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John Verigin, Doukhobor leader, is seen in this April, 1985, photo.Rita Moir for The Globe and Mail

It was between 5 and 6 in the morning and Elsie Erickson's mother had just begun lighting the stove when four RCMP officers barged into their tiny wooden home in the village of Krestova, B.C.

"She came to the bedroom and spoke and said 'Vanya stavai politcia skaya,' the police are here," Erickson said. "And from the tone in her voice I jumped out of bed ... and I tried to hide."

The seven-year-old had barely scurried under her bed when she was dragged back out by her foot.

Nearly 60 years later, she remembers her father asking if the family had time to pray.

Ms. Erickson and her brother spent the next four years in what she said felt like a jail.

They were housed with nearly 200 others in a residential school in New Denver, B.C., all children of a radical sect of Russian immigrants known as the Sons of Freedom Doukhobors.

Similar to the better-known stories of aboriginals forced into residential schools, the Sons of Freedom children were seized on order of the British Columbia government because their parents weren't sending them to public school.

Now, Erickson and 100 former residents are fighting for an apology styled similar to the redress given to their native peers in 2008.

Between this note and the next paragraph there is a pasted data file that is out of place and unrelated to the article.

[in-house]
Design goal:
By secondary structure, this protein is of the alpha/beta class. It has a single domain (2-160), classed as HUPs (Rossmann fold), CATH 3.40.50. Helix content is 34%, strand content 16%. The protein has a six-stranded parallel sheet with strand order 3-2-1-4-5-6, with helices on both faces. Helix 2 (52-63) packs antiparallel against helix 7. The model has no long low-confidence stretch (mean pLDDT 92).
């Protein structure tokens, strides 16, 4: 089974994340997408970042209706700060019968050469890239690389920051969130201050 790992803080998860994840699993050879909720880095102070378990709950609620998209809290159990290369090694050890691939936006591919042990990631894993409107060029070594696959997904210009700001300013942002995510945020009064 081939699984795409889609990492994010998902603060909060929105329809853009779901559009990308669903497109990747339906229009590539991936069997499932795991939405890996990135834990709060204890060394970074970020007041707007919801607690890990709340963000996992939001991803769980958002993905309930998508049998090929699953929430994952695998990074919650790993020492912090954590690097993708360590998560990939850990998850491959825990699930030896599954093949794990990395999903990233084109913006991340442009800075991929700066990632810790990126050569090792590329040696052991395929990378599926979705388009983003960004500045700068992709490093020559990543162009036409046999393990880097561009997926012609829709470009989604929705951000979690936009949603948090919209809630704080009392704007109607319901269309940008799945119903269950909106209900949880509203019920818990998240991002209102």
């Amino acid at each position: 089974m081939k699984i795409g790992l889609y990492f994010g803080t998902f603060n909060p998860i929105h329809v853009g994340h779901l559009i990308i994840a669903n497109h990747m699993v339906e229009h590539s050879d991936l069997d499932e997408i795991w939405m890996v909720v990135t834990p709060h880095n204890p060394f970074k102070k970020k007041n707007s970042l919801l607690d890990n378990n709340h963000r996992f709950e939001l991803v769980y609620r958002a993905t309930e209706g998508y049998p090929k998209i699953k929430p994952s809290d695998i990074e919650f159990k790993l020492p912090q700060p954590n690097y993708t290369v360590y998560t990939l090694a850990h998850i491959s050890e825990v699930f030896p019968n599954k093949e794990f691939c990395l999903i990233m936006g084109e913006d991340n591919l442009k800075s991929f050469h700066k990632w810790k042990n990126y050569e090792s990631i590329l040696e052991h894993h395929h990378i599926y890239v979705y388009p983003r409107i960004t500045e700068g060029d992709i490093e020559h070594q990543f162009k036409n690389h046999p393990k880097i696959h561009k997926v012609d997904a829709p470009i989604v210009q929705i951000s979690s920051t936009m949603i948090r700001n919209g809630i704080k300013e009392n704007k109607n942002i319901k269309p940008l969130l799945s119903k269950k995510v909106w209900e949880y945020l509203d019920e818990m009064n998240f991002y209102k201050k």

The Doukhobors argue the schooling issue was an excuse to assimilate the Sons of Freedom. They say from 1953 to 1959, the children became victims of a long-standing cultural battle between their communities and the province.

Like thousands of Indian Residential School survivors, former residents say they experienced psychological, physical and sexual abuse in the New Denver school.

Children were punished for speaking their own language, though few came into the schools knowing any English. Visits from parents were strictly limited, traditional dress was banned and cultural and religious ceremonies were left behind.

A group calling itself the New Denver Survivors Collective argued before the B.C. Human Rights Tribunal in early February that the government has unjustly refused to apologize to the Sons of Freedom.

They also pointed to hefty compensation packages doled out to other groups who faced abuse at B.C.-run residential schools as unfair.

Ultimately, the group wants the government to carry out recommendations put forward by a 1999 B.C. Ombudsman report, which called for an unconditional, clear and public apology.

The human-rights-tribunal ruling is expected late this summer.

"I hope that it'll put an end to this thing that's been happening for so many years, this negativity, this horribleness. It affected so many people for so many years that it's time to put an end to this," Ms. Erickson said in a recent interview.

Efforts were initially made to fulfill some of the ombudsman's recommendations, but the report, overall, was flawed, said Geoff Plant, the province's attorney-general, when the government began implementing the 1999 report's recommendations.

"In terms of the harm or the pain caused to the innocent children who were taken from their parents, that was a powerful and real fact."

But Mr. Plant said more perspective is needed.

He said in the years leading up to the residential school's creation, the Sons of Freedom became a concern for the province as a whole.